Denver Diamond Buyer - Licensing and Registration


Licensed by City and County of Denver to serve you better

Must be 18 years or older to sell and have a valid driver's license

The state of Colorado and Denver regulate the transactions of jewelry on the secondary market. These measures ensure private property that is sold will be recoverable if it is reported stolen. Other municipalities in the Front Range probably have similar measures as Denver. Some of the regulations are statewide meaning every buyer in Colorado follows them. Property stolen should be returned to the rightful owner. Systems for licensing and registration allow that return to happen.

These measures mean that every piece of jewelry I buy will be recorded. I do most of the work; however, it does keep sellers honest. The picture related to this blog shows the form. As you can see, the form is quick to complete and is not that personal. It also has no tax implications so do not worry about it being forwarded to the IRS.

I would also like to add that Denver has streamlined the process. Obtaining the license followed a logical sequence – from zoning checks, to background checks, and finally a detective inspection. The process made sense but was not too onerous as to lock out new companies. Furthermore, sellers can feel comfortable in my office as a detective from the Denver Police Department has inspected and certified it. Wherever you sell, check to make sure that company is licensed.

Here is how it works. First, as consumers, you need to provide enough personal information that may make spurious sellers uncomfortable. In my office, I ask for a copy of your driver’s license and photocopy it. I check the photo and signature to make sure they match. You, as a seller, will also complete a form stating that you do indeed own the jewelry you are selling and for how long you have owned it. I will add the specific details about the jewelry including any unique identifiers. That forms is submitted to the Denver Police Department within 7 days. Legally, I am required to hold the merchandise for 30 days while the form is entered into a database and compared with stolen propriety reports. Additionally, I complete another log of every item I have purchased that stays in my office. The system is a bit dated. I cannot submit the information online, which would save both time and money. I am not notified in advance of potential stolen property that I should avoid buying or notify authorities. However, the system seems to work and come from a good place.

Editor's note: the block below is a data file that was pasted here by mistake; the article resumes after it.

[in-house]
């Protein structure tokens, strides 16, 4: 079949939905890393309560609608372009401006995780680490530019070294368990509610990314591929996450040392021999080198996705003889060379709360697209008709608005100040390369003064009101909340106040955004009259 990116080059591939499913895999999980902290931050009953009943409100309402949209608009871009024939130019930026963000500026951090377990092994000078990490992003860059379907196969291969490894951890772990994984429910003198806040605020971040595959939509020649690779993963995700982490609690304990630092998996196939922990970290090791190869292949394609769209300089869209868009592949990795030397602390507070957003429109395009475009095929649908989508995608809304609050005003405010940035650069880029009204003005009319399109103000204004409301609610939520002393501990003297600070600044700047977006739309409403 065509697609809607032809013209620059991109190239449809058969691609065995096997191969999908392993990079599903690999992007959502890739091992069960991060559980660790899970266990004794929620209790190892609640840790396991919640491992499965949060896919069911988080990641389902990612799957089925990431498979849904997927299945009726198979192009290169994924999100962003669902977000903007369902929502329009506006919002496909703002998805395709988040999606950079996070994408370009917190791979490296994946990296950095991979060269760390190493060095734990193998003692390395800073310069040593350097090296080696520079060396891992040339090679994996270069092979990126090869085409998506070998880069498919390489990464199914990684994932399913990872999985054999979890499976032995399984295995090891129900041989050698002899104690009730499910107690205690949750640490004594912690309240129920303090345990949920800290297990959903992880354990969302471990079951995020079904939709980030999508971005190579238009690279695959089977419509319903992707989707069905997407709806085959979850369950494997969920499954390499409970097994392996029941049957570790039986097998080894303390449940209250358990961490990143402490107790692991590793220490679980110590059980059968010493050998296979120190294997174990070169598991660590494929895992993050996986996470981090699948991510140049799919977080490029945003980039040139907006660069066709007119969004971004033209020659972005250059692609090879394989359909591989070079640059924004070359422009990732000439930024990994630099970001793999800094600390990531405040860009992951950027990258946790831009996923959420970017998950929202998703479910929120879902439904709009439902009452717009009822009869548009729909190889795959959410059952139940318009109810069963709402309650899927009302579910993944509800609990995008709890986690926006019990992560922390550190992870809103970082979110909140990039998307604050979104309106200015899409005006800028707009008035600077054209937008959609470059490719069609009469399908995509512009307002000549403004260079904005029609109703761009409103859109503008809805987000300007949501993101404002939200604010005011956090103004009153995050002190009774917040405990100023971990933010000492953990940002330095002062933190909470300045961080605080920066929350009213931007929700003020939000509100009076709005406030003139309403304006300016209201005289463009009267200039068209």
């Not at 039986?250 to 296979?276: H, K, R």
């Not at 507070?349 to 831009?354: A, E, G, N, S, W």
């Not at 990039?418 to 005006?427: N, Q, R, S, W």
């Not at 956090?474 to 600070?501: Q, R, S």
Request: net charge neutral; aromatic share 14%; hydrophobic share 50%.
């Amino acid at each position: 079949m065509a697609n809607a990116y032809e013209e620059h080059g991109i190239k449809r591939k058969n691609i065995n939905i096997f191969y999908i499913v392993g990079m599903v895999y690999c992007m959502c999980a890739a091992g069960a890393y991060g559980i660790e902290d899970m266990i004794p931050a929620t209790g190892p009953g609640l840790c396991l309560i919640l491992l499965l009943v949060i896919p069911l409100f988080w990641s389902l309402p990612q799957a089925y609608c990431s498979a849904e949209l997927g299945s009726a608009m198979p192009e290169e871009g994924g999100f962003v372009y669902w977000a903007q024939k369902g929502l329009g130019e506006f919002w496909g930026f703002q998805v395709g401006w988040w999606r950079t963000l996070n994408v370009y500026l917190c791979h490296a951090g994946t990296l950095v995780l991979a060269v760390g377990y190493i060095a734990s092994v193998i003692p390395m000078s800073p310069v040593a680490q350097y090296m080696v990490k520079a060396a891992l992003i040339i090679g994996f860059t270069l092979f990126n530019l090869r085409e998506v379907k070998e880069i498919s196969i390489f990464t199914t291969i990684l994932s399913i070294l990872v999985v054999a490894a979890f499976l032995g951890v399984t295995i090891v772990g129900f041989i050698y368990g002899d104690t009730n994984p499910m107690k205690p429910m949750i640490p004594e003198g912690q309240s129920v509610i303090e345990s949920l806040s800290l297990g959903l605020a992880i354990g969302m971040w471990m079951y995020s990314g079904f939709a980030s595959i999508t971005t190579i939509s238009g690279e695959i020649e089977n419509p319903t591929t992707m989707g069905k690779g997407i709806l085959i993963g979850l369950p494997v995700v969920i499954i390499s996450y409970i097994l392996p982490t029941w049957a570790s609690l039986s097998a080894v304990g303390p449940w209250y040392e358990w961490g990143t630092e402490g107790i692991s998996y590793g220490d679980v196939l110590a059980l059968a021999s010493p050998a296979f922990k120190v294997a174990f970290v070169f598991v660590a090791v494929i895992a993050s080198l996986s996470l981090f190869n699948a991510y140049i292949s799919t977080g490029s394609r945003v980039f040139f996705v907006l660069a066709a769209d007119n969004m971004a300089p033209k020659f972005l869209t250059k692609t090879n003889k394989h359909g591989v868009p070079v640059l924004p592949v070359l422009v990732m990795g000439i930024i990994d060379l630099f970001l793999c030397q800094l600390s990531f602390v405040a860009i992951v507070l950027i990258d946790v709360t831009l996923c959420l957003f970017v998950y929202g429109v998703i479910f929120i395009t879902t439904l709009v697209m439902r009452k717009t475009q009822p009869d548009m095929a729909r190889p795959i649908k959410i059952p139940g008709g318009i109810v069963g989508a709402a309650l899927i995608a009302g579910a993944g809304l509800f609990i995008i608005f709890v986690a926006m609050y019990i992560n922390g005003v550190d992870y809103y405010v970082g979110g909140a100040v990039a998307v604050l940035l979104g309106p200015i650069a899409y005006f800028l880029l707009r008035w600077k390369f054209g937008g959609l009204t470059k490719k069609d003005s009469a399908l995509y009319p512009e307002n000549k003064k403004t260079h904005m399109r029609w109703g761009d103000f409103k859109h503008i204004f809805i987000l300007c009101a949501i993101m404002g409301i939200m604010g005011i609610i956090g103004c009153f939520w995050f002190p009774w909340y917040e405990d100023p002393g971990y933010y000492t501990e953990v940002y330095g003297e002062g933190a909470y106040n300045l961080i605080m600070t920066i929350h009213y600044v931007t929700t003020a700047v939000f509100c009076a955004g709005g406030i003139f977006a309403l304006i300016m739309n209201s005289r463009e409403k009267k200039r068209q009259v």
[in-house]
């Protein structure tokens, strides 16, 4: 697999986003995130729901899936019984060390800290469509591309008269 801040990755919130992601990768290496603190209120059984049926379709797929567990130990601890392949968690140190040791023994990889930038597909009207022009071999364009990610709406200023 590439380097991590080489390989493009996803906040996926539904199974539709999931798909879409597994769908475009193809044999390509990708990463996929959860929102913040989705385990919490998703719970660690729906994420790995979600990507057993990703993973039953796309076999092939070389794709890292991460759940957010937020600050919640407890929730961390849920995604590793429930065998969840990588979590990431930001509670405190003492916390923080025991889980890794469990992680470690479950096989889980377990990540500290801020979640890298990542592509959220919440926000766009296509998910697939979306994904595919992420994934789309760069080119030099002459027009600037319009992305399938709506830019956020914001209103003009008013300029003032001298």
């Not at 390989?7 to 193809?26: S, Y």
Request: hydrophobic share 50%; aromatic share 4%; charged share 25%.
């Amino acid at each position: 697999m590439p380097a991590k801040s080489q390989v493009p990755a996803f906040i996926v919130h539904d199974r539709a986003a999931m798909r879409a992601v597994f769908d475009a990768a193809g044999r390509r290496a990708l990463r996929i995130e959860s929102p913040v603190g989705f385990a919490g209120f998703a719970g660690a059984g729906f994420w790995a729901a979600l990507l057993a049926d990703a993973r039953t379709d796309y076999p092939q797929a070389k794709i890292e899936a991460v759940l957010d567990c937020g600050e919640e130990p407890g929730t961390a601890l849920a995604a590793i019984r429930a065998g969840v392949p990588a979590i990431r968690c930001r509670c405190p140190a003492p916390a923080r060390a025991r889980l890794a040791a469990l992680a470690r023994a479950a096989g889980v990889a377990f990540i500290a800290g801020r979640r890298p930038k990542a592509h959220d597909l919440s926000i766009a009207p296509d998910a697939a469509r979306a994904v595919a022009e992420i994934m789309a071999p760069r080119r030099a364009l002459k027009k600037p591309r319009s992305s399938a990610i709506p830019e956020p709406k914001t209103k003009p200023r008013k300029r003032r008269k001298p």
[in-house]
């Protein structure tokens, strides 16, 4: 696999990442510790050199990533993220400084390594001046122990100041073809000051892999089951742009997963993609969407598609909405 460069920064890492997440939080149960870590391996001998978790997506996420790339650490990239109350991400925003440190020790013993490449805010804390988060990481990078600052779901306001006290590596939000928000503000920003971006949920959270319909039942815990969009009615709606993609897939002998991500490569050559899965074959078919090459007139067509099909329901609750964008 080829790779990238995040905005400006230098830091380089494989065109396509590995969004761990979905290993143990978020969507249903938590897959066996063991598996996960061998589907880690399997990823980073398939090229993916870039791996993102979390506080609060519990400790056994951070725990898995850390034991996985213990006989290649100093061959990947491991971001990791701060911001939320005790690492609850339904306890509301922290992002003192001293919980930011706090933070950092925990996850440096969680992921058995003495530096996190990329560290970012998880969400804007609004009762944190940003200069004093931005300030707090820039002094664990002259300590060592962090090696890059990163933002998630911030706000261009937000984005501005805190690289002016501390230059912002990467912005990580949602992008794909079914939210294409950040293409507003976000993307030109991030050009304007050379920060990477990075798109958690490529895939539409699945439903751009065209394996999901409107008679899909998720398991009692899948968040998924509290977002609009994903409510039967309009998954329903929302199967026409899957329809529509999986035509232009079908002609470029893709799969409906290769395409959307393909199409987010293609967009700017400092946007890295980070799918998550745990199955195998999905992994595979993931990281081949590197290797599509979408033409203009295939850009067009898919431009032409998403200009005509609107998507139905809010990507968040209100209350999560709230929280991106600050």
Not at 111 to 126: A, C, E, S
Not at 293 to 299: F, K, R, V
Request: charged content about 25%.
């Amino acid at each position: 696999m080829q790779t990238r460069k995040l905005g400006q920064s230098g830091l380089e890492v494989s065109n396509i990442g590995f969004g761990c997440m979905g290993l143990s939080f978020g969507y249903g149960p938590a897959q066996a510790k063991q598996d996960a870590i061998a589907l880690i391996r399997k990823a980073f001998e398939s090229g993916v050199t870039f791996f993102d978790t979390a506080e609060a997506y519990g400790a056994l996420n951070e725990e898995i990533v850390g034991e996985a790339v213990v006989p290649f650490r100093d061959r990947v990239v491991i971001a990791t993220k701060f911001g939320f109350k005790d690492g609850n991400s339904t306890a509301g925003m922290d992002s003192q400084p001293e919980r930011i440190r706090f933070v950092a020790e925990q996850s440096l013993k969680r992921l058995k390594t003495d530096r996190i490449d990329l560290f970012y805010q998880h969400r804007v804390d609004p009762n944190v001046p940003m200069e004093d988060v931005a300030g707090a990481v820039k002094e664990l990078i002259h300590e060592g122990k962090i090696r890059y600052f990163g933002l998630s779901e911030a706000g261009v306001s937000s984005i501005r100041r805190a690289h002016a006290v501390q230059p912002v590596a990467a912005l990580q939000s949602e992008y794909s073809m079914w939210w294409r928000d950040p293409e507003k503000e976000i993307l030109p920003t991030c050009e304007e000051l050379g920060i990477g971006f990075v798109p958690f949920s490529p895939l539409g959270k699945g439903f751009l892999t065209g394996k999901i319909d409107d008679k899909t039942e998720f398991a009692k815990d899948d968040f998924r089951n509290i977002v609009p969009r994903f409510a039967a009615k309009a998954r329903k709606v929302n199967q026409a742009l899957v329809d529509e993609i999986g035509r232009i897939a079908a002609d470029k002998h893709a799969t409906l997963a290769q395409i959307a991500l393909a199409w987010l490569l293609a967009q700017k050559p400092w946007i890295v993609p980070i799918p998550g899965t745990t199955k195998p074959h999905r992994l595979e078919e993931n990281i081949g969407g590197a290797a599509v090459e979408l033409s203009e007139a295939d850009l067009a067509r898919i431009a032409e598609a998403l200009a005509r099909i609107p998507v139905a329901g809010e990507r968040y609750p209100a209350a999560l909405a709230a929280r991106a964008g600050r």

A quick concluding note on selling: You must be at least 18 years old to sell and have a valid driver’s license.

written by Joseph Dolginow

September of 2018


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